Tuesday, February 26, 2013

Texas school comes under fire after students wear burqas in class


 Texas school burqa controversy: Screenshot of the  picture of students wearing burqas. IMAGE
Screenshot: David Bellow's blog on TexasGOPVote.com. Texas school burqa controversy: Screenshot of the picture of students wearing burqas. IMAGE
Parents are accusing the Lumberton Independent School District of promoting Islam, but the district says it was simply following standard curriculum.

Pictures of five high school students wearing burqas in a Texas classroom have surfaced on the Internet, sparking outrage and upsetting parents and community members.
Although initial reports indicated that the students had been made to wear the burqas as part of a controversial online public school curriculum called CSCOPE — which has been criticized for its alleged "Islamic and anti-American bias" — the school district released a statement Monday saying the students volunteered to wear the burqas during a lesson taught as part of standard Texas public school curriculum.
The students, who attend Lumberton High School in Lumberton, Texas, wore the burqas for a geography class held on Feb. 1 that the Lumberton Unified School District says is  intended to teach them about different cultures.
But some parents came across a photo on Facebook of their children wearing burqas during the lesson, igniting debate about whether the school was promoting Islam.
The online news site WND reported that a student had quoted a teacher as saying, "We are going to change your perception of Islam."
According to WND, a student reported the teacher as also saying, "I do not necessarily agree with this, but I am supposed to teach you that we are not to call these people terrorists."
A student in the class said the burqa exercise had focused on fashion and "did not include the fact that in many Muslim communities, women who appear in public without a burqa face being beaten, imprisoned or murdered by family members, vigilante groups or even the state," WND said.
Lumberton resident David Bellow posted about the incident on his blog, criticizing the school for what he alleged was a biased curriculum.
"I have no problem with them teaching students about different kinds of cultures, but just don't tell them that burqas are just a fashion statement when women are punished in some of these countries for not wearing them," Bellow told MSN News. "The issue is that it was portrayed in a biased way and didn't tell the whole story."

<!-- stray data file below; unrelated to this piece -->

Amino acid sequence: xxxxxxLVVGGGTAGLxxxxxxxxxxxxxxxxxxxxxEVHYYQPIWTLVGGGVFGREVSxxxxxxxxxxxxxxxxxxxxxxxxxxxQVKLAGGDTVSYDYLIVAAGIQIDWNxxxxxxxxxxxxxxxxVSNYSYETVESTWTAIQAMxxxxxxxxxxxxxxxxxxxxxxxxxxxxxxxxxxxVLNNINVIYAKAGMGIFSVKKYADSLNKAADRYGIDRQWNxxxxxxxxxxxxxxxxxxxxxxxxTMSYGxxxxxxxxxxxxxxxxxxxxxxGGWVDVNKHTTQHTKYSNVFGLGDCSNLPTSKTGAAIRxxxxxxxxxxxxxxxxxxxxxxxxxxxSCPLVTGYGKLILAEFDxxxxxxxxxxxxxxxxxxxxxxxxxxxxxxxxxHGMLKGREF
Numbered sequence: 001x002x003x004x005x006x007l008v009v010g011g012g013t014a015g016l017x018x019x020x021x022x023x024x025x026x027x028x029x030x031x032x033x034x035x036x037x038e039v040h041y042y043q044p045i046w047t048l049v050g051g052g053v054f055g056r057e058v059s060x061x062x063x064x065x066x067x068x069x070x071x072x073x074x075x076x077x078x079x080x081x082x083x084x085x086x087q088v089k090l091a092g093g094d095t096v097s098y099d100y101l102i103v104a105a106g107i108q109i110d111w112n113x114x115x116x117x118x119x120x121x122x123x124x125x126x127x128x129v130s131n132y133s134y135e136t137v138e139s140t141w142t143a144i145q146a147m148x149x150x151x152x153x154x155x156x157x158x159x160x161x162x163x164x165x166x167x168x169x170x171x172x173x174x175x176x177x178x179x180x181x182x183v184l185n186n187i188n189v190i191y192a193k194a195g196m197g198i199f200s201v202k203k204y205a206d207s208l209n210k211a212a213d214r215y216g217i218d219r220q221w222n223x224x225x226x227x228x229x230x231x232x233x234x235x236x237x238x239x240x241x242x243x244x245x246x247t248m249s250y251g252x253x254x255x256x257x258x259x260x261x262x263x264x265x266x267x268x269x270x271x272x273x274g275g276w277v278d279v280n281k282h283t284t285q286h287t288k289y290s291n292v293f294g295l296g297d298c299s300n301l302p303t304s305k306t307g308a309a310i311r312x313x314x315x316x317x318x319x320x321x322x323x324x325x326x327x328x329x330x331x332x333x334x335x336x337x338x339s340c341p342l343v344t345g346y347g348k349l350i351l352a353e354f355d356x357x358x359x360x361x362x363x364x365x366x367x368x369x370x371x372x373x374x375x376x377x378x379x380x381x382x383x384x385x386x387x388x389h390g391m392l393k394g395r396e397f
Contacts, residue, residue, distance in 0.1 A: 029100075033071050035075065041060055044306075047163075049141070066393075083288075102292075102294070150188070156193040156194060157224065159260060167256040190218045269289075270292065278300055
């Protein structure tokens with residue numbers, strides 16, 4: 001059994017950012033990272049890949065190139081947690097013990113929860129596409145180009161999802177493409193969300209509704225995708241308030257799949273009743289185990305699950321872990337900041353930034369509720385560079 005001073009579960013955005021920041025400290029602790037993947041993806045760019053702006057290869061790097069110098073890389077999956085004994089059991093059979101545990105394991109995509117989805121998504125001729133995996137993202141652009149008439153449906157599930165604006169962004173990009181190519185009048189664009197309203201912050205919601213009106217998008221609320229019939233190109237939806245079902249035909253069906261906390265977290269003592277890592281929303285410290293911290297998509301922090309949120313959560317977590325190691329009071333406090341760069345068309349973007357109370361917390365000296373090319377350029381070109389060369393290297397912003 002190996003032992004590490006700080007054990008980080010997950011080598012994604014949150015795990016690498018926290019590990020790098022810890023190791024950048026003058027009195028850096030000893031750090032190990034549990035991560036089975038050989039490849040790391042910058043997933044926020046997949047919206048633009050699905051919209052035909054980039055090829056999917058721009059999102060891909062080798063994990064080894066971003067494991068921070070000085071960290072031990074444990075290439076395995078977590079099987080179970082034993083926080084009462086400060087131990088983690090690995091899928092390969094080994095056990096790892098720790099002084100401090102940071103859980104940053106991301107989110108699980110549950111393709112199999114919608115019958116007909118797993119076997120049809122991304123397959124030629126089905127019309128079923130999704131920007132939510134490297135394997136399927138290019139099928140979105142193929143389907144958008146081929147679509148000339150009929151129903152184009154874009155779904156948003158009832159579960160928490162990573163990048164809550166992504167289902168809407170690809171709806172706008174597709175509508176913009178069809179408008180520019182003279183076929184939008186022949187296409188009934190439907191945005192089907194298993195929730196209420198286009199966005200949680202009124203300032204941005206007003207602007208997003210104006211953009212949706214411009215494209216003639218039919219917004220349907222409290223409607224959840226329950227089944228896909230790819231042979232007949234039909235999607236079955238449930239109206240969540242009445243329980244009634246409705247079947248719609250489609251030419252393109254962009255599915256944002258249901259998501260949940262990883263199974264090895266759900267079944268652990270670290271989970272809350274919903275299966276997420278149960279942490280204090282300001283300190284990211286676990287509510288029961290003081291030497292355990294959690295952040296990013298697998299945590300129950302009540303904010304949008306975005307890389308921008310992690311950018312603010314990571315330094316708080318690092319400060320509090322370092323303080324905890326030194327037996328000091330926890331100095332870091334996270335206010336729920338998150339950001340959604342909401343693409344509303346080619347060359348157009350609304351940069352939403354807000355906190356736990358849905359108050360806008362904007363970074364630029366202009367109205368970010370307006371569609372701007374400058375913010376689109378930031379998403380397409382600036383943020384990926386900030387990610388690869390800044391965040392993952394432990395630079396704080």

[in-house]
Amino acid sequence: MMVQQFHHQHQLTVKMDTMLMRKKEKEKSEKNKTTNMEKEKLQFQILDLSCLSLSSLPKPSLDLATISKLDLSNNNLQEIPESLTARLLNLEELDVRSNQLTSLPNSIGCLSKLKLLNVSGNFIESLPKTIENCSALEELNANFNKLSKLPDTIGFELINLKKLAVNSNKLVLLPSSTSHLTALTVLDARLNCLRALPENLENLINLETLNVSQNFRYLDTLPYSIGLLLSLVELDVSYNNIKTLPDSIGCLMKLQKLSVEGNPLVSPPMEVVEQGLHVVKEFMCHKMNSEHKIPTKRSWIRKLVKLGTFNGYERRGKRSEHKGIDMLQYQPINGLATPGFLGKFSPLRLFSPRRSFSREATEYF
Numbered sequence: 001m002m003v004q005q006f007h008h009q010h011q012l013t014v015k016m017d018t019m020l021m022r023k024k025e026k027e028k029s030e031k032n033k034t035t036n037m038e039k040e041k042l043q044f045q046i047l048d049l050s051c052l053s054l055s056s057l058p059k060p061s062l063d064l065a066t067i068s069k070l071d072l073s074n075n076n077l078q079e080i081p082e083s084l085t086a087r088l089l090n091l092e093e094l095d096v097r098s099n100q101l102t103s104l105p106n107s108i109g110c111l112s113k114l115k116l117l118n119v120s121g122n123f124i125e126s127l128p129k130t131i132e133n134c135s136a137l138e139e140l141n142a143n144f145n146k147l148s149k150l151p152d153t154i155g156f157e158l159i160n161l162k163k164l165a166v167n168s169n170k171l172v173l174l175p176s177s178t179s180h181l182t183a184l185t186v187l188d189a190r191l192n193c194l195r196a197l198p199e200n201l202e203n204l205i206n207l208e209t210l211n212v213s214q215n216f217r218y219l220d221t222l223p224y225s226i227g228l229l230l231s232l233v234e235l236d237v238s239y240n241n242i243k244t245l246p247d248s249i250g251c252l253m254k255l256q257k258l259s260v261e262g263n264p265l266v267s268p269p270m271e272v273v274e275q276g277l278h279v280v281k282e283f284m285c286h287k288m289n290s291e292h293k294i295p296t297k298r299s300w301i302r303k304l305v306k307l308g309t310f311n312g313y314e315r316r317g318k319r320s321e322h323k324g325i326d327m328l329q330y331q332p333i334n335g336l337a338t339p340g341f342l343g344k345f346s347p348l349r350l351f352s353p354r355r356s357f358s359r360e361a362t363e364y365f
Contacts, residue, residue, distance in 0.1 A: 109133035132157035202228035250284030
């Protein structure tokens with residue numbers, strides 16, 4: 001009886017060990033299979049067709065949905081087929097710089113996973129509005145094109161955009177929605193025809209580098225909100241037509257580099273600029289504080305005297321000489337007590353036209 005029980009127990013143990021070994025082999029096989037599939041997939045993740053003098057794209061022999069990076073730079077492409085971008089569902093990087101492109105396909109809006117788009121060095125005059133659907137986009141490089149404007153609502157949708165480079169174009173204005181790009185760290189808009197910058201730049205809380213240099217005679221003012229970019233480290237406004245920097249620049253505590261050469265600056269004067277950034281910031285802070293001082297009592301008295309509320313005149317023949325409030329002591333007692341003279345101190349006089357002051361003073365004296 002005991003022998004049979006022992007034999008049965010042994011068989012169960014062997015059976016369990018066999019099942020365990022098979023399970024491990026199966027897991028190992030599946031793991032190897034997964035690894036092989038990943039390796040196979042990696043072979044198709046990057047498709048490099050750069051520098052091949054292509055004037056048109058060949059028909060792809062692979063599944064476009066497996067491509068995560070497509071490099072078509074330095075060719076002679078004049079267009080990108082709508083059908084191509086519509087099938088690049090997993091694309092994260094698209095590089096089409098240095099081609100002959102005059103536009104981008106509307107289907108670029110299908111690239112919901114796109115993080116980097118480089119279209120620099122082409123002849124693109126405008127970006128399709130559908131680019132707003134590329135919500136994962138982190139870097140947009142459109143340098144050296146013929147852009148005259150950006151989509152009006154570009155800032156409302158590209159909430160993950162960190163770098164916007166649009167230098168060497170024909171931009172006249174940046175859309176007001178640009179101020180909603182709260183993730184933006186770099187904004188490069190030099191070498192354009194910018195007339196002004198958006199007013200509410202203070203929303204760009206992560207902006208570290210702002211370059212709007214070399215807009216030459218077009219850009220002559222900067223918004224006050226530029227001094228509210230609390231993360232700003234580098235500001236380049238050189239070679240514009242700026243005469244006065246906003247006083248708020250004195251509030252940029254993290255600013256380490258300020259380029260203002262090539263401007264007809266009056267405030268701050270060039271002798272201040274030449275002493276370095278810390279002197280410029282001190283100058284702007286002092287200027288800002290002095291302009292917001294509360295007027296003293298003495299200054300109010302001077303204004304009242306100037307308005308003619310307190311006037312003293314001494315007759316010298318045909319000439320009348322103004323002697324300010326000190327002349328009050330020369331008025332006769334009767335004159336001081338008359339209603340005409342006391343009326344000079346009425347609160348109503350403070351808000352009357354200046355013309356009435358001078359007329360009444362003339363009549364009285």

Bellow said that parents were also upset that there had been no mention of Christianity during the lesson. "If you are teaching about Islam, you should teach about Christianity as well," he said.
He added that parents were furious because students had said that they were told to call terrorists "freedom fighters."
"Lumberton does not 'promote' Islam, but 'teaches' a world geography curriculum as prescribed by the state of Texas," Lumberton Independent School District Superintendent John Valastro told MSN News. "The teacher is a veteran teacher and she is Jewish. Now of all people, if anyone had an agenda to teach the negative aspects of Islam, it might be her. The teacher was teaching about culture and not about a dangerous radical religion."
The district addressed the accusations against it in a statement posted on its website Monday:
"Recently a picture had surfaced showing five students dressed in burqa's [sic] (Islamic attire) in a World Geography classroom at Lumberton High School. The lesson that was offered was not a written CSCOPE lesson; however it informed students to the customary culture of the people in the Middle East.
"The lesson that was offered focused on exposing students to world cultures, religions, customs, and belief systems. A description on the whiteboard behind the students show the splits in religions: Islam (Sunni and Shia), Judaism (Reform, Conservatives, and Orthodox), and Christianity (Catholic, Orthodox, and Protestant). Clothing expresses the individual culture. The lesson is not teaching a specific religion, and the students volunteered to wear the clothing."
Valastro said that although he had not been present during the lesson, he was confident that the teacher would have addressed any questions students had about the punitive aspects of not wearing a burqa.
"I think the teacher is well versed in all the ramifications of what the religion represents," Valastro said. "I assure you, she knows her stuff and if it came up, she could address the oppression piece quite clearly."
Valastro added that the lesson was "a teachable moment to discuss the horrendous conditions that women live under in these countries."
"Did we do everything right? Probably not, but we attempt to teach our students critical thinking skills so they can judge for themselves," he said. "I can honestly say, to my knowledge, Lumberton ISD has never converted a single student to Islam." 

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